Volume 70 1961 > Volume 70, No. 2 > Maori flour mills of the Auckland Province, 1846-1860, by R. P. Hargreaves, p 227-232
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Mr. Hargreaves, Lecturer in Geography at the University of Otago, publishes some further results of his research on the history of Maori agriculture. He has published two previous articles on nineteenth century Maori agriculture in the June 1959 and December 1960 issues of this Journal.

BY THE MID- and late-1840's most of the wheat-growing tribes of the Auckland Province already possessed numerous small steel mills for grinding wheat and maize, but the capacity of these hand operated machines was limited. 1 Consequent upon the increasing use of spades and other European agricultural tools, the production of grain rose and tended to outstrip the capacity of these hand mills. Allied with this was the fact that they were expensive in terms of labour, as well as tending to break quite easily, and as they could not be repaired by the Maoris themselves the mills had to be carried to Auckland for repairs. Often, however, the tribes would not take the trouble to do this, and would just cast broken steel mills aside. On the other hand an efficient miller could dress the stones of a water- or horse-powered mill himself, and this was an argument in favour of their construction to take the place of the steel mills.

To a large extent the impetus for the erection of flour mills was given by some of the missionaries living in the Waikato. Thus it was at Aotea toward the end of 1846 that the first mill was erected with the encouragement of the Rev. Gideon Smales, the Wesleyan missionary stationed there. 2

Within the next few years a number of mills were erected around Otawhao (Te Awamutu) with the full support and assistance of the Rev. John Morgan of the Church Missionary Society. It is interesting to note that as early as 1840 Morgan was in favour of the erection of flour mills. In a letter dated Tauranga, 26 October, 1840, he wrote: 3

I know of no plan that would so tend to check the progress of disease and rescue from destruction the native population, as the erection of wind or water mills . . . If the funds of the Society allowed of it, I should recommend the erection of a mill at every station.

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Throughout his years in the Waikato, Morgan actively encouraged the Maoris to expand their agriculture and to build mills, for he considered that ‘civilization’ must go hand in hand with Christianity. 4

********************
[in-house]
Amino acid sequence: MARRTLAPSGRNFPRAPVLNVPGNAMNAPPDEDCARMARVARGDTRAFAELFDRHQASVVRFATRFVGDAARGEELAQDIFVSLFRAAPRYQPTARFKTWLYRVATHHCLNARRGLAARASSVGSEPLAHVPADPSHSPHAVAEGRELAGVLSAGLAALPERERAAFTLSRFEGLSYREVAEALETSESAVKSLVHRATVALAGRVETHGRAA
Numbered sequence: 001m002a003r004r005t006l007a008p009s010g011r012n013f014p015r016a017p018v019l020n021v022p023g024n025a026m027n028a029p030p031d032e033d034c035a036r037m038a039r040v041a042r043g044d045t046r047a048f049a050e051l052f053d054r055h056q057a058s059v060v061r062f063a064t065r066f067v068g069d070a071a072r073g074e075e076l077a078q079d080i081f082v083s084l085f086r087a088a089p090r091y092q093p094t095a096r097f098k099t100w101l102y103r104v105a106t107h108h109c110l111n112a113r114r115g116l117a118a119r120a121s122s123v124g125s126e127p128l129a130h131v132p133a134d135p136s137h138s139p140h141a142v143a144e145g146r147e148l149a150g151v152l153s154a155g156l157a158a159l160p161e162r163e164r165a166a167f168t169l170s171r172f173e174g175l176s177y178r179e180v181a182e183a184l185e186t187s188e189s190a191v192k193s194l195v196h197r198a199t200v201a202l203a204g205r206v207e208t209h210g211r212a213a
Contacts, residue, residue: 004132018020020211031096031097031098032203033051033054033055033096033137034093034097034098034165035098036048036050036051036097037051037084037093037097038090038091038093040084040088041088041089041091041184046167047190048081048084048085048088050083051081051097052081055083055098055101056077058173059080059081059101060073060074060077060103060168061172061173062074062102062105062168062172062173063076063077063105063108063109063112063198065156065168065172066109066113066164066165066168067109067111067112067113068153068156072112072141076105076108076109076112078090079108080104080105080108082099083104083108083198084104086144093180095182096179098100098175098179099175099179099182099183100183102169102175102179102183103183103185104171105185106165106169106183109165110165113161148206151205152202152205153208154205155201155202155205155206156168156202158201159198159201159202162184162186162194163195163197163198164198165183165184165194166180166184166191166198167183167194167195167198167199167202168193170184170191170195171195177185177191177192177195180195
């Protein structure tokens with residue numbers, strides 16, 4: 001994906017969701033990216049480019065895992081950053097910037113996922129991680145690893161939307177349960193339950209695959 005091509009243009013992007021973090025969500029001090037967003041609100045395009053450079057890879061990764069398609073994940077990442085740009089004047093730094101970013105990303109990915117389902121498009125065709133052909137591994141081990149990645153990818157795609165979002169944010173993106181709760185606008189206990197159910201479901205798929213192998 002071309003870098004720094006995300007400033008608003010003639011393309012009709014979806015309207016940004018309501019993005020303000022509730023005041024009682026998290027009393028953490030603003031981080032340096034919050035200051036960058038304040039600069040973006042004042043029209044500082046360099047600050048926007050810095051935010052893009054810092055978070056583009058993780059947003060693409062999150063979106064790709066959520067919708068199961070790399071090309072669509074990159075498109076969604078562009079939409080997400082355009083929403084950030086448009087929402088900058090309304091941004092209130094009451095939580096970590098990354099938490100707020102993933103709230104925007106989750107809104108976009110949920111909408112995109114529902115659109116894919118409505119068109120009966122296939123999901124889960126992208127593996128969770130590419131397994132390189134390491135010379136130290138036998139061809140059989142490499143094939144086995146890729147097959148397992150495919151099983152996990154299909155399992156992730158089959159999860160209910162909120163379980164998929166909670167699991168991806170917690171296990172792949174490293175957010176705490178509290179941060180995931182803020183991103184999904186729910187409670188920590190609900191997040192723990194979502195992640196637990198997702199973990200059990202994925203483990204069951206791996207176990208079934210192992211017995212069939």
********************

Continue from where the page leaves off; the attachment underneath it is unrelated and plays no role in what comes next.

The Colonial Government also encouraged such activity, and as part of Grey's ‘sugar-and-flour’ policy money was advanced to different tribes to assist in the erection of mills. An Inspector of Native Mills was appointed in the early 1850's to assist in the drawing up of mill plans, supervise their erection wherever possible, and to give instruction and general assistance in their operation. That the Maoris were appreciative of the actions of the Mill Inspector is shown by the letter they wrote in 1857 appealing to the Government to reconsider their termination of the Inspector's appointment. 5

The mills were built under the direction of European millwrights, and the Electoral Roll for 1856 listed five Europeans so employed in the Waikato. 6 The Maoris themselves, however, supplied the labour to build the mill-dams and do any other necessary work. The capital required was generally earned by selling potatoes, pigs, wheat, flax and other produce in Auckland.

As far as is known all but one of the Maori mills were driven by water power. The exception was at Patumahoe where horses were used to provide motive power. At the Church Missionary Society's Station at Maraetai (Port Waikato) the mill, which ground both mission and Maori-grown wheat, was similarly powered. 7

Generally mills had only one pair of stones which varied from two feet nine inches to four feet in diameter. Many mills contained smutting and dressing machines and were run by European millers who were employed by the different tribes. In 1855 the Inspector of Native Mills reported ten European millers as compared with only three Maori millers at work. 8 This dependence on Europeans was unfortunate for those who served as millers were often unqualified and unreliable, and it too often meant that mills stood idle for want of someone to work them.

In a paper dated August 22, 1849, which was laid on the table of the Legislative Council, it was reported that six mills which were the sole property of the Maoris were in operation in the Auckland Province. 9 Seven years later some twenty-nine mills were reported to be under construction or in operation, with a further four proposed. 10 Throughout the period 1846-1860 at least thirty-seven mills were being or had been built for Maori owners.